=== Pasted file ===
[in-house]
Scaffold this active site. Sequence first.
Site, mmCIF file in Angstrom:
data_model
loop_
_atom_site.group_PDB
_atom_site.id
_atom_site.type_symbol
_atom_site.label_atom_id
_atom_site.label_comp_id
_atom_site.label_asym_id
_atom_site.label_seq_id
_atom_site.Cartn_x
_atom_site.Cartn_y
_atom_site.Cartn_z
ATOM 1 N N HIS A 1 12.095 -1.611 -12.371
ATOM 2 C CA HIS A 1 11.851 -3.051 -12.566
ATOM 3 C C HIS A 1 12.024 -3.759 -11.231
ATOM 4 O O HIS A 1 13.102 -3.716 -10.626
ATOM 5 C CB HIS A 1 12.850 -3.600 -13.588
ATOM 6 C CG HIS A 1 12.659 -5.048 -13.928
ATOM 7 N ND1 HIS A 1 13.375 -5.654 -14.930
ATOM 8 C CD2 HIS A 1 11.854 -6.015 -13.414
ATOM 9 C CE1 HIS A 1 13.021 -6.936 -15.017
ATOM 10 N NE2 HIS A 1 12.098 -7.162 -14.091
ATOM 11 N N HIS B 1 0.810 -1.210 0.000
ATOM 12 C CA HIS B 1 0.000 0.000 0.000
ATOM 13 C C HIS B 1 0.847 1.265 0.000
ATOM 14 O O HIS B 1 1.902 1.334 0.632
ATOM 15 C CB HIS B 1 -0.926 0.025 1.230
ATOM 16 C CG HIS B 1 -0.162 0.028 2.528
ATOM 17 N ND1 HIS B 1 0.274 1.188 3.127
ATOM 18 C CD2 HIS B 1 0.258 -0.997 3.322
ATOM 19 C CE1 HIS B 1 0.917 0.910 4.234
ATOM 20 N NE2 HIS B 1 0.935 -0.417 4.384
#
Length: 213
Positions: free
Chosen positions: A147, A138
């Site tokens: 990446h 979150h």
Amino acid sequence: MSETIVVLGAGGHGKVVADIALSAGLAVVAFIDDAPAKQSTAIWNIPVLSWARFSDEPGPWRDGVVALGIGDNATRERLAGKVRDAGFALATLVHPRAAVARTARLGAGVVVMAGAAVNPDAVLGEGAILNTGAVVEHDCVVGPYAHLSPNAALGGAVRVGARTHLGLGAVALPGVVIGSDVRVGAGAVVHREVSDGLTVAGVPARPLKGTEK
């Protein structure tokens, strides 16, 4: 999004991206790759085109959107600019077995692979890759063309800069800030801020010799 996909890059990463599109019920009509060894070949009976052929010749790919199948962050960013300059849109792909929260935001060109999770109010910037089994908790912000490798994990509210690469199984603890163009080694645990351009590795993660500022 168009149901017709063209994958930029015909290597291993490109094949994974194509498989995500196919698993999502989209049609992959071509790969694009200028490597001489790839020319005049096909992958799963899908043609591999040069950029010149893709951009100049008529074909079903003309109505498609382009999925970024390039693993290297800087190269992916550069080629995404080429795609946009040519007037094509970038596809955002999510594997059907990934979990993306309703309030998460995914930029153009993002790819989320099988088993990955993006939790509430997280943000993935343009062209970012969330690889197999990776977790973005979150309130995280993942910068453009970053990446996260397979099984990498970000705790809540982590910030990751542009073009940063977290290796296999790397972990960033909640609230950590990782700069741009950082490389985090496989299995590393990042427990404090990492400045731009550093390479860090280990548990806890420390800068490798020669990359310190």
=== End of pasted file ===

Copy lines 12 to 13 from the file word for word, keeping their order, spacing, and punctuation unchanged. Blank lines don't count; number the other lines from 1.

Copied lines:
_atom_site.label_seq_id
_atom_site.Cartn_x